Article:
Apple is loosening the strict requirements on its iPhone trade-in program, according to a report from 9to5Mac. It will soon begin to accept devices with damaged screens, buttons, or cameras.
Through the Apple Reuse and Recycling Program, the company allows customers to trade in old iPhones for credit towards an upgraded device. The catch was, it did not accept phones with damaged displays, broken buttons and cameras, or other problems.
Apple is changing its policy to be more lenient in accepting devices that have seen better days. It’s welcome news to anyone who has damaged an iPhone screen, which at times seems almost too easy to crack.
[Tim Cook talks about iPhone sales, Apple's future plans.]
The update to Apple's trade-in program will let customers receive credit for iPhones with cracked displays or broken buttons and cameras "within reason," meaning you probably can't bring in a phone after it's been run over by a car.
iPhone 5, iPhone 6, and iPhone 6 Plus smartphones are all eligible.
Customers can now bring their beat-up iPhones to Apple retail stores in exchange for credit, as the new policy went into effect towards the end of last week.
The trade-in value varies from phone to phone, the report explains. Generally, customers can expect $50 for an iPhone 5s, $200 for an iPhone 6, and $250 for an iPhone 6 Plus. This could increase, however, depending on the phone's amount of storage space.
Apple's updated policy could make a tremendous difference to people who break their iPhones and aren't sure whether to replace or fix them. The option to trade in a damaged iPhone and upgrade, for a discount, could be more appealing than a pricey repair.
It's a move that may expand the iPhone customer pool for Apple, which could use an uptick in smartphone sales. Cupertino reported record earnings last quarter, but the future looks bleak as iPhone sales are expected to drop in the months ahead.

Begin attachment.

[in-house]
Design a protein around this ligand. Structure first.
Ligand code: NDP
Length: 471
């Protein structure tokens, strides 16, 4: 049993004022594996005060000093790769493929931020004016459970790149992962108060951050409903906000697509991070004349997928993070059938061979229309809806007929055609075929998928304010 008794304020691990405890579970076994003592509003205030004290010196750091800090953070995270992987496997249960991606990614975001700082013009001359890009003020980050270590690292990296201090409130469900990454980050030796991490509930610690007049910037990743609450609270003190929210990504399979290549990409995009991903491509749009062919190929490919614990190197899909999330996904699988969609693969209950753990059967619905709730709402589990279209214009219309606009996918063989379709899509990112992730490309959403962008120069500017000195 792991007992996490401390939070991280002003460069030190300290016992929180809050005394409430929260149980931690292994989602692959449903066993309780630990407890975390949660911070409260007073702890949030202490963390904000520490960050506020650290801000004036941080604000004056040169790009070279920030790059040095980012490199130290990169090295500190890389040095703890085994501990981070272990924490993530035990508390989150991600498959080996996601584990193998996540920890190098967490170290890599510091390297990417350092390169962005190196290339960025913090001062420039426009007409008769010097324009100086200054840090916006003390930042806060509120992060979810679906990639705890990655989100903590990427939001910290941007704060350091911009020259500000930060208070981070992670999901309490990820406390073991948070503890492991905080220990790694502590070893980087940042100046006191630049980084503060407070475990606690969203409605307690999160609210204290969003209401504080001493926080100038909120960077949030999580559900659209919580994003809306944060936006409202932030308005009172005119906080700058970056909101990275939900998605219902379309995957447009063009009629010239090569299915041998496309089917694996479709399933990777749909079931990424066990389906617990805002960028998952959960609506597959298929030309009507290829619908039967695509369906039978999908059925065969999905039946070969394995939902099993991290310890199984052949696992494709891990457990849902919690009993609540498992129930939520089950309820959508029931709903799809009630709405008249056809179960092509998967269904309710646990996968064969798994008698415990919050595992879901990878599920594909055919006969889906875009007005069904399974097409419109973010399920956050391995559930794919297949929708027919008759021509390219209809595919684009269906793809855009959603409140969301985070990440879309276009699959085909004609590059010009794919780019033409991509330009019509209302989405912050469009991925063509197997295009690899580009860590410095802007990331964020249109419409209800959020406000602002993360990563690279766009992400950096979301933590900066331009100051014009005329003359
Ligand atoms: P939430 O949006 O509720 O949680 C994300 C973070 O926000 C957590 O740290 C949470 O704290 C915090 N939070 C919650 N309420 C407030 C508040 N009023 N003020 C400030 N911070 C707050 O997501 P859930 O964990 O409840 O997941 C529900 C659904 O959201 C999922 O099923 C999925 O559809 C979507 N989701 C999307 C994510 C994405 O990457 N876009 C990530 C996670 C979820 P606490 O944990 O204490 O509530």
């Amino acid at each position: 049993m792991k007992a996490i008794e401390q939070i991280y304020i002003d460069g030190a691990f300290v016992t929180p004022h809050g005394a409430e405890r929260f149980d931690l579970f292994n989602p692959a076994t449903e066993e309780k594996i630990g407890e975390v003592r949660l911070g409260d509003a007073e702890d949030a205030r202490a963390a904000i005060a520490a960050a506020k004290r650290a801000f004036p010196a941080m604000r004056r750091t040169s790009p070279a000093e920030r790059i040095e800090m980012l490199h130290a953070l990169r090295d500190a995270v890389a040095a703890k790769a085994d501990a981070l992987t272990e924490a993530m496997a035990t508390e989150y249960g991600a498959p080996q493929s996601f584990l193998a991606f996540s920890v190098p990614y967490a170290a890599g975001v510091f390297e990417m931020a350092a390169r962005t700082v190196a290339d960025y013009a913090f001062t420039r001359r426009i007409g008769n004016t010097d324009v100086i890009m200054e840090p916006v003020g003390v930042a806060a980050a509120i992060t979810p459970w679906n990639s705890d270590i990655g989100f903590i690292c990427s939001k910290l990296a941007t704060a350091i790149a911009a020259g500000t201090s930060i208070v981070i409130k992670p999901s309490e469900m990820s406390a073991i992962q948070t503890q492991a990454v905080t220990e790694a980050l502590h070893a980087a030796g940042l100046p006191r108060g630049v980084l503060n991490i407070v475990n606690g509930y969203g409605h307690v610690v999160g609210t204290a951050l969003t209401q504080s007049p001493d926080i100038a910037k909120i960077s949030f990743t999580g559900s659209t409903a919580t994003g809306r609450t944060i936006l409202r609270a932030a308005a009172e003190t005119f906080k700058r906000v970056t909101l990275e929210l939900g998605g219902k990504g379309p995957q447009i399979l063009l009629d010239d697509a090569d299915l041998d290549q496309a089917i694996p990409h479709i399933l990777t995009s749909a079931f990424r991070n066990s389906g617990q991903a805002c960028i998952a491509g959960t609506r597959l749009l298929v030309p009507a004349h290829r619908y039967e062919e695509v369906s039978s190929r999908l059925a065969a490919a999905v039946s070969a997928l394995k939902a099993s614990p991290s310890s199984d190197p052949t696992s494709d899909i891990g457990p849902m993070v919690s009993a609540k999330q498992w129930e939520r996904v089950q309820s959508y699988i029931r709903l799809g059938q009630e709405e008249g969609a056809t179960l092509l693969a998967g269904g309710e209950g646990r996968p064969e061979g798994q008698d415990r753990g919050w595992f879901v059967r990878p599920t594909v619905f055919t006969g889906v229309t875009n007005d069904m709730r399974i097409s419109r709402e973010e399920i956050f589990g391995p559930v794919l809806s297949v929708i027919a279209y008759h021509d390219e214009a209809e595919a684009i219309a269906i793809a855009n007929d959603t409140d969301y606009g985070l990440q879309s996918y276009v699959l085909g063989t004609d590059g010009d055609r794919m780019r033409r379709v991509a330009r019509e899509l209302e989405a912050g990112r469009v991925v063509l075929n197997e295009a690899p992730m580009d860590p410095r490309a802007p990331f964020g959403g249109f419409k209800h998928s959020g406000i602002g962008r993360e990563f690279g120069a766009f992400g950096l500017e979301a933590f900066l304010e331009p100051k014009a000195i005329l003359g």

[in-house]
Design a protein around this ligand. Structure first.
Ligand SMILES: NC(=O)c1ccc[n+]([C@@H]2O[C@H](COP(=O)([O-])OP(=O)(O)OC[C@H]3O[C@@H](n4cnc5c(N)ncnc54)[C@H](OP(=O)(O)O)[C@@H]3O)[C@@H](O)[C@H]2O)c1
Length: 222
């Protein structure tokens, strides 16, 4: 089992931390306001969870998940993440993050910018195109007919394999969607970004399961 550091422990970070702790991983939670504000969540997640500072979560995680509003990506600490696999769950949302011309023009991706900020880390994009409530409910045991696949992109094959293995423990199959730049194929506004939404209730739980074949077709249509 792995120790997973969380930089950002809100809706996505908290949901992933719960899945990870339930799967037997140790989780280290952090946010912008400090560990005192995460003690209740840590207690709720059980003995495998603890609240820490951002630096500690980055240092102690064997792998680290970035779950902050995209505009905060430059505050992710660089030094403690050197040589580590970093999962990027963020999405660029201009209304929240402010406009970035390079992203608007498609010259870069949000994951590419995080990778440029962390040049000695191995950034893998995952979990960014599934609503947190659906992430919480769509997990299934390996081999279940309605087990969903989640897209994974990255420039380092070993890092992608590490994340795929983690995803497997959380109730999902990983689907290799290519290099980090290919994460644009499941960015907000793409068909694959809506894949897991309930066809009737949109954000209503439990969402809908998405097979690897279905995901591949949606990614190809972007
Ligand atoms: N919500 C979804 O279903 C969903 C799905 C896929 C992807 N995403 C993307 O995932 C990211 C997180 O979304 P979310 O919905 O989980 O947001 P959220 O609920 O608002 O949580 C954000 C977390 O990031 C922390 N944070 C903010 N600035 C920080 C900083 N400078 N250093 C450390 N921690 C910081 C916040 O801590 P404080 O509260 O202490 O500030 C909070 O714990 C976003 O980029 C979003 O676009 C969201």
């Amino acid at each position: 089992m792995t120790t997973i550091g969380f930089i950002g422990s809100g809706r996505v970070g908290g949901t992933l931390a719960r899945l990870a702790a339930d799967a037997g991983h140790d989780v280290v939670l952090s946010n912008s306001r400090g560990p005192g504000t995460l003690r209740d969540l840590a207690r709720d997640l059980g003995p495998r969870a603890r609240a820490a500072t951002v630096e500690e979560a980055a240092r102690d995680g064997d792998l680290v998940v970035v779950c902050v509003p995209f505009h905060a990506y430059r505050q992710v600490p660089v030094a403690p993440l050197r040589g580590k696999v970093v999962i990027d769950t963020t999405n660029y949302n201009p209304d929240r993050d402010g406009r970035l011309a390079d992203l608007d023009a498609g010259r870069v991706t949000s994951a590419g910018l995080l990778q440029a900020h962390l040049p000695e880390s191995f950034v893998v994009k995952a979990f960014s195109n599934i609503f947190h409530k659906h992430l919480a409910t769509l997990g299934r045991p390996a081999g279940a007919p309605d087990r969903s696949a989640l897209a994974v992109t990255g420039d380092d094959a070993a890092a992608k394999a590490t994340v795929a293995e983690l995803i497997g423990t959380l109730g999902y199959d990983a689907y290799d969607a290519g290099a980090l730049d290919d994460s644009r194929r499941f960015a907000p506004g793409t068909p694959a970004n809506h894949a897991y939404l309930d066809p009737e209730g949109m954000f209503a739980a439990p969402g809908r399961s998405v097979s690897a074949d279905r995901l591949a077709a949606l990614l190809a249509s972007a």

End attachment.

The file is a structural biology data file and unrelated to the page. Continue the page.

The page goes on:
In an effort to prevent broken screens from becoming a problem, Apple has begun to allow its retail store employees to install screen protectors.
This was previously forbidden, as iPhone screen protectors are manufactured by other companies. Apple was wary of problems that may occur from installing third-party products on users' iPhones in its retail stores.
Now, screen protector installation machines will be placed at the back of each retail location. Apple is partnering with companies to bring these machines into stores; Belkin is reportedly one of them.
In the event something goes wrong during the installation process, customers will get a free replacement protector and installation. This offering launched Feb. 4 and will continue rolling out in coming weeks.
Today's updates are only the beginning of iPhone news to come in 2016. In a few weeks, Apple will hold a mid-March event, during which it is expected to unveil the iPhone 5se and iPad Air 3. Its smaller 4-inch iPhone is expected to be an upgrade to the iPhone 5s, with an updated design and A9/M9 processor combination.
The iPhone 7 is predicted to debut later this year, likely in September. It's already sparking plenty of discussion, however, as people talk about the potential for wireless charging and the elimination of the headphone jack.
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